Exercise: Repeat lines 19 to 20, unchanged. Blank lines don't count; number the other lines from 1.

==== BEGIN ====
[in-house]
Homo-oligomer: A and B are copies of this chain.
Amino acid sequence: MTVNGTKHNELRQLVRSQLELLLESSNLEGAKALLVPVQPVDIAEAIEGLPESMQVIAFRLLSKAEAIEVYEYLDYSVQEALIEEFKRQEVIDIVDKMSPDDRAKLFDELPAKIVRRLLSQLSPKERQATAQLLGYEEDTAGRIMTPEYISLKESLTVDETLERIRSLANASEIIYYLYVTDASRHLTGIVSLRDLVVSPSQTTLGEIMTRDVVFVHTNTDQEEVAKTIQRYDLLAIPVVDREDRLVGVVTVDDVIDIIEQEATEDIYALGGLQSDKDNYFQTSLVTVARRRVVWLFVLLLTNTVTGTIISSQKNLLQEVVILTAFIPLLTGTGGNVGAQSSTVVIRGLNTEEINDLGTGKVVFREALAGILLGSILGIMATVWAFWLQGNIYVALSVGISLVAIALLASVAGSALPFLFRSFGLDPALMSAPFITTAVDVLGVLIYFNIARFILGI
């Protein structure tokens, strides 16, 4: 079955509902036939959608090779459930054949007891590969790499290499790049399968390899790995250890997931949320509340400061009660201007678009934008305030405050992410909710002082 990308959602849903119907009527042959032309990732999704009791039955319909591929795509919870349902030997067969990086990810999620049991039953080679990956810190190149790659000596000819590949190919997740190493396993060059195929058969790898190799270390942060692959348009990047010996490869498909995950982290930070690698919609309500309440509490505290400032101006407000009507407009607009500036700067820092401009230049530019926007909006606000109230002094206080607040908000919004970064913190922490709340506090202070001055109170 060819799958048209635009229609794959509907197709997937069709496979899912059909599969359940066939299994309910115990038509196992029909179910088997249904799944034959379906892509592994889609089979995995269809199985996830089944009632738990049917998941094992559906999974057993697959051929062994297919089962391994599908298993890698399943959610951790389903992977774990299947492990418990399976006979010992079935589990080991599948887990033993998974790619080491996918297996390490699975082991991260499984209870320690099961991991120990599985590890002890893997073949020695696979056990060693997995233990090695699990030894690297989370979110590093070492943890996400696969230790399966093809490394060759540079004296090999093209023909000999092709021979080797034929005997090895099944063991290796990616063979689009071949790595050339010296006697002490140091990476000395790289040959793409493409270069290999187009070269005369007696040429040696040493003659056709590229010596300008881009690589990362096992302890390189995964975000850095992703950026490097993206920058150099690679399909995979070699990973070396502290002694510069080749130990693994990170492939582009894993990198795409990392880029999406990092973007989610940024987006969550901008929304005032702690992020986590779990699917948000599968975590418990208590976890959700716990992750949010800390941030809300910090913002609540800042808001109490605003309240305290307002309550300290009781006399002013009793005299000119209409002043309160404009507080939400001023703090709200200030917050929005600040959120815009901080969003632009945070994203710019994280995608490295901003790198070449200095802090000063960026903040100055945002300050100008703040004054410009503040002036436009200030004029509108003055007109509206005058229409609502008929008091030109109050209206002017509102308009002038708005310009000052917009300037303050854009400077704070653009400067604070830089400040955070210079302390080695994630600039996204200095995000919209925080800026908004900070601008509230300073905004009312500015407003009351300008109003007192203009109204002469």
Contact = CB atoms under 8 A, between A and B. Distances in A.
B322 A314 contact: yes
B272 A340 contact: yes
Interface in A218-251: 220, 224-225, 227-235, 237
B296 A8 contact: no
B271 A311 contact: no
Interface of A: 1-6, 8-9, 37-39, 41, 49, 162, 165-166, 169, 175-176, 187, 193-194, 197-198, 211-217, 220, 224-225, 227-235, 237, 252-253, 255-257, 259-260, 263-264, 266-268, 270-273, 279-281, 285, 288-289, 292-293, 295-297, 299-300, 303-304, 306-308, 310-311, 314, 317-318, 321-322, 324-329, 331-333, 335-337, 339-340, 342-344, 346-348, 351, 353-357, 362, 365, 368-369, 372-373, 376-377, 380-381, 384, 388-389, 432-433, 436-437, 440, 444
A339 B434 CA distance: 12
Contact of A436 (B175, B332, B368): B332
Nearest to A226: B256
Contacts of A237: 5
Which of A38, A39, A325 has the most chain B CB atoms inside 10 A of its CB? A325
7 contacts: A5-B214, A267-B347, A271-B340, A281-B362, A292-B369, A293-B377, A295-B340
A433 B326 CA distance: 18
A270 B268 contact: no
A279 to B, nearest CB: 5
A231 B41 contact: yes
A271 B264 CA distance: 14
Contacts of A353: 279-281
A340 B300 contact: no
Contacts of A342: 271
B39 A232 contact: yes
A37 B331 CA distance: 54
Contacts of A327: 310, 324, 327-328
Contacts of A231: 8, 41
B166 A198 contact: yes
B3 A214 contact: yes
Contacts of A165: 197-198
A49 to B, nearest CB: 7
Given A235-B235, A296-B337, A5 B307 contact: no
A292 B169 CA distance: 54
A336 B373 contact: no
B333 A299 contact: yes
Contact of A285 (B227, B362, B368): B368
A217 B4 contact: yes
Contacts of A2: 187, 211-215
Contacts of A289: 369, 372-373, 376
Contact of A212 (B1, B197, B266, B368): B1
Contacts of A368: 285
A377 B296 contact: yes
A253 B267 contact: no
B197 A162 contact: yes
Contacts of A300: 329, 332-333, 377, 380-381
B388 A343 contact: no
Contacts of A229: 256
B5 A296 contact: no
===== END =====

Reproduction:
A270 B268 contact: no
A279 to B, nearest CB: 5